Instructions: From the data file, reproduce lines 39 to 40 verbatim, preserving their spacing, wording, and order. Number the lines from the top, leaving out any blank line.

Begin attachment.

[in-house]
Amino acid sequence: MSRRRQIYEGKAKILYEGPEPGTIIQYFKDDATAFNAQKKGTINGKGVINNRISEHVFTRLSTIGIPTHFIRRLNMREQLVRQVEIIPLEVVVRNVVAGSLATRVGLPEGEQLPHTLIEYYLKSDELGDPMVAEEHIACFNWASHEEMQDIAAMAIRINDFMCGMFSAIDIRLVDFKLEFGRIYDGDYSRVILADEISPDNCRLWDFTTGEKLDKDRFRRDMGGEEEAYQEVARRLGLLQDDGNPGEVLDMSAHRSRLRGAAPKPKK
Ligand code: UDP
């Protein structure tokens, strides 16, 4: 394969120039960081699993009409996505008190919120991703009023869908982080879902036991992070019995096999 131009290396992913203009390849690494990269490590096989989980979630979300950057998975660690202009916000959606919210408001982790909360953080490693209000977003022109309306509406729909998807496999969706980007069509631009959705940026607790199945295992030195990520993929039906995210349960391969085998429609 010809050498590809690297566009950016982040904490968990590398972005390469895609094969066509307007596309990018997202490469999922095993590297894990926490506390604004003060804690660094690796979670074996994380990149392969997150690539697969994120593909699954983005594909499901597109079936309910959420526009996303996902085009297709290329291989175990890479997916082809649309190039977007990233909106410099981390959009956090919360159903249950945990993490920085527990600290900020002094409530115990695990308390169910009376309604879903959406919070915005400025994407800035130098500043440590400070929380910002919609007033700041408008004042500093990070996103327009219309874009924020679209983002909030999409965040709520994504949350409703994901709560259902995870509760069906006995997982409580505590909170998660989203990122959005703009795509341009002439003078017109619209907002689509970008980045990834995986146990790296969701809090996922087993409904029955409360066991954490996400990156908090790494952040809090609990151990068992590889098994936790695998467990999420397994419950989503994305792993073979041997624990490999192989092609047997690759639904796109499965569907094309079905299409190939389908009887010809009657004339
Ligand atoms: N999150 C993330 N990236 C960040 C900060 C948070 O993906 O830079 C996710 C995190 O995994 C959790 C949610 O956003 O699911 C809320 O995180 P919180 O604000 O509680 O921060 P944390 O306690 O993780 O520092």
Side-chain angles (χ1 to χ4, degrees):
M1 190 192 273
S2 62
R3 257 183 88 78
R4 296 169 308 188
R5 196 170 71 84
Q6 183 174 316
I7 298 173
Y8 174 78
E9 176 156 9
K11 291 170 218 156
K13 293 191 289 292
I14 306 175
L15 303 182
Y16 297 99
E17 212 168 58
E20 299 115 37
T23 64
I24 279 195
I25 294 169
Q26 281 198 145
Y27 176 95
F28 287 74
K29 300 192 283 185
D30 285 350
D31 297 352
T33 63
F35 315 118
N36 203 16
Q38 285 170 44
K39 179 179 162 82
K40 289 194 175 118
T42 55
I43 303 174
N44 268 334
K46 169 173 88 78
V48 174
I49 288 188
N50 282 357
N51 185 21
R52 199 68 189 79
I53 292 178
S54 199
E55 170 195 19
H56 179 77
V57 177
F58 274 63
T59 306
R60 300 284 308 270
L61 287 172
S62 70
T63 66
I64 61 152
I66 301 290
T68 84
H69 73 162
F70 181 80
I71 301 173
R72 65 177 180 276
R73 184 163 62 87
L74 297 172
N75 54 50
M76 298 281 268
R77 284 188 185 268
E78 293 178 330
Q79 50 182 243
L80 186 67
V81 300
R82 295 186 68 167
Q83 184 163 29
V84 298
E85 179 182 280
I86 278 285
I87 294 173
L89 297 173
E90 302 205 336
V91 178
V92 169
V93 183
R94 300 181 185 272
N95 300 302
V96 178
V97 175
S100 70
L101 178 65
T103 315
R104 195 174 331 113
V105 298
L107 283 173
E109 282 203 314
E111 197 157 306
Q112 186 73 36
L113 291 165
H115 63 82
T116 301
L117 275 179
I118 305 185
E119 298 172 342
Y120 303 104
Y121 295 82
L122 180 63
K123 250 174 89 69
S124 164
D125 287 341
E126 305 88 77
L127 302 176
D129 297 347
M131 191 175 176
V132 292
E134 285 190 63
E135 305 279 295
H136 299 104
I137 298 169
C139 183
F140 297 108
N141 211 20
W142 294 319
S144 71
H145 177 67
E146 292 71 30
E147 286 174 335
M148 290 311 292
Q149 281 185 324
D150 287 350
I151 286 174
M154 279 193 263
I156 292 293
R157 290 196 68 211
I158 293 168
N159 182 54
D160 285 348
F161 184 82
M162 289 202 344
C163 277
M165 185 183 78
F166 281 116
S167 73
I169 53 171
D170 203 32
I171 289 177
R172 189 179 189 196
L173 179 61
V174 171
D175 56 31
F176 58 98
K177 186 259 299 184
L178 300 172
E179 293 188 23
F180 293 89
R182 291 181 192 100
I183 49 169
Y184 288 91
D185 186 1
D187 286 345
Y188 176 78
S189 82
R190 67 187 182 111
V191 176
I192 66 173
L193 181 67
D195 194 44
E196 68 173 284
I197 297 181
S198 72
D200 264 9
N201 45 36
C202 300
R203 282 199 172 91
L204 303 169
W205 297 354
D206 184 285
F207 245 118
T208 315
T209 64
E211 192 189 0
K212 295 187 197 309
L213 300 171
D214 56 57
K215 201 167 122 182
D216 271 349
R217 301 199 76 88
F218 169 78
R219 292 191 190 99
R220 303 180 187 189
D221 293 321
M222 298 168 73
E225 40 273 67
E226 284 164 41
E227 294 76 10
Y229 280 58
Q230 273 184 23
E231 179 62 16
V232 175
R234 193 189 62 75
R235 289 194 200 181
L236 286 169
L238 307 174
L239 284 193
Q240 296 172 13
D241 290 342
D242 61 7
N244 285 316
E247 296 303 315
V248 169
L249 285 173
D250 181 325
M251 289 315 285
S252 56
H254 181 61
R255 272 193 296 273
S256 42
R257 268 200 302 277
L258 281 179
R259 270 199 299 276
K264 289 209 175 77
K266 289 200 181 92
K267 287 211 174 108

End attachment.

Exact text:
I43 303 174
N44 268 334